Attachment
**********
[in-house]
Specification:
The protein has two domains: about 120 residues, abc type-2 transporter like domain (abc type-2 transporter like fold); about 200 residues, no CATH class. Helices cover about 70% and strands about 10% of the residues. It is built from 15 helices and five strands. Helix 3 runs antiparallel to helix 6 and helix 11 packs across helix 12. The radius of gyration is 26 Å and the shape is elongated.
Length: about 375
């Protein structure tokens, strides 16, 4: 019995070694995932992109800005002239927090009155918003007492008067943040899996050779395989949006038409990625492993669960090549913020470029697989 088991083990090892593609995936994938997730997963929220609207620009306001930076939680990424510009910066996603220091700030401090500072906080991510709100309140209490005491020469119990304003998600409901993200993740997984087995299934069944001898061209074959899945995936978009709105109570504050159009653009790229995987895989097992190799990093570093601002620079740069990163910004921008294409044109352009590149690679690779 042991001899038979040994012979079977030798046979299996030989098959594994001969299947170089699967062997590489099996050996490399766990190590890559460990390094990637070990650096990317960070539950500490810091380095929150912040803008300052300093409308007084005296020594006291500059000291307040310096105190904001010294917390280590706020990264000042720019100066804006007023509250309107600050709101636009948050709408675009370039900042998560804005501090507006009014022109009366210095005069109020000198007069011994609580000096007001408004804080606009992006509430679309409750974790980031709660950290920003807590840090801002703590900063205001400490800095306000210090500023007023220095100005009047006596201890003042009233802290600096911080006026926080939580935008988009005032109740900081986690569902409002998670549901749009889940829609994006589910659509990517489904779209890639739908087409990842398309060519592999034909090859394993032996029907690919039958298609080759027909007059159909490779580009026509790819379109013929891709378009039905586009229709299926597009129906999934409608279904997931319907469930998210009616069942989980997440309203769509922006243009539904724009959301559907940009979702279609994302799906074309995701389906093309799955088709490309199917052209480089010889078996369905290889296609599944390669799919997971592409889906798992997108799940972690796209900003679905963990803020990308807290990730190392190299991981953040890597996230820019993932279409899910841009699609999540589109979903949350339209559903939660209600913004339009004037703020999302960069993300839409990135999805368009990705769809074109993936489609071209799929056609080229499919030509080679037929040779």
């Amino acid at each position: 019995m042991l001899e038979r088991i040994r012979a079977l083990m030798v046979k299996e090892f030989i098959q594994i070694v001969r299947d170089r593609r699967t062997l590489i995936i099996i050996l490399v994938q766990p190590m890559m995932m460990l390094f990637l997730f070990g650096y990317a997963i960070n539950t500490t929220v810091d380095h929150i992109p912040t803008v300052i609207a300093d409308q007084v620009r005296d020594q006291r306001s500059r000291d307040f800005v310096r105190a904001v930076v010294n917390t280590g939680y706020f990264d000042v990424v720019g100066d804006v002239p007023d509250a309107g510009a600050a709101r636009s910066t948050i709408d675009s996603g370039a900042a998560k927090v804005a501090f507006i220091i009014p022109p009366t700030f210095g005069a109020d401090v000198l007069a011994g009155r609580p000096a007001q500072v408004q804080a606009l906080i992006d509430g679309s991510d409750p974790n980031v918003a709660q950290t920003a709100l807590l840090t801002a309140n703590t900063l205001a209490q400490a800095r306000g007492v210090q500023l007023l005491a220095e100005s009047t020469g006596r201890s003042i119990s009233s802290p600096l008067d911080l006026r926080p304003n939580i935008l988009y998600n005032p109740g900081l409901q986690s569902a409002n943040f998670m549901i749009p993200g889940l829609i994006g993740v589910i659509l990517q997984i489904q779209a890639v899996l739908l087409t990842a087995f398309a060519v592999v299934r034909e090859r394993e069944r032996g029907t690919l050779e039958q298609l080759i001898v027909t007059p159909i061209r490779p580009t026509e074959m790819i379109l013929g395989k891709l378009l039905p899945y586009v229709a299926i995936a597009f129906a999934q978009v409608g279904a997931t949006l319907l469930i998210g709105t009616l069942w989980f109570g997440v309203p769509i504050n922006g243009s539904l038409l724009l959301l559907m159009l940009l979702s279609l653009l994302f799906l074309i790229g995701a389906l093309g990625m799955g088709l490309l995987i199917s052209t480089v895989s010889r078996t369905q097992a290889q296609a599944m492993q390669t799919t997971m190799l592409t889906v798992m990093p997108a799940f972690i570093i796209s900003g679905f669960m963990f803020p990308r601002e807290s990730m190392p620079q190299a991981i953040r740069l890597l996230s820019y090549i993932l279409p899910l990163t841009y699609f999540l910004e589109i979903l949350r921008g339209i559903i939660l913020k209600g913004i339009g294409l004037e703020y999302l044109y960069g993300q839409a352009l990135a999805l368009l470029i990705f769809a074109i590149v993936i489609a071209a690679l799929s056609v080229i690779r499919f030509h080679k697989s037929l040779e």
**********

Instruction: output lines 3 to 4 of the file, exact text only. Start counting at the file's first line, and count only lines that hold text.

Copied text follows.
The protein has two domains: about 120 residues, abc type-2 transporter like domain (abc type-2 transporter like fold); about 200 residues, no CATH class. Helices cover about 70% and strands about 10% of the residues. It is built from 15 helices and five strands. Helix 3 runs antiparallel to helix 6 and helix 11 packs across helix 12. The radius of gyration is 26 Å and the shape is elongated.
Length: about 375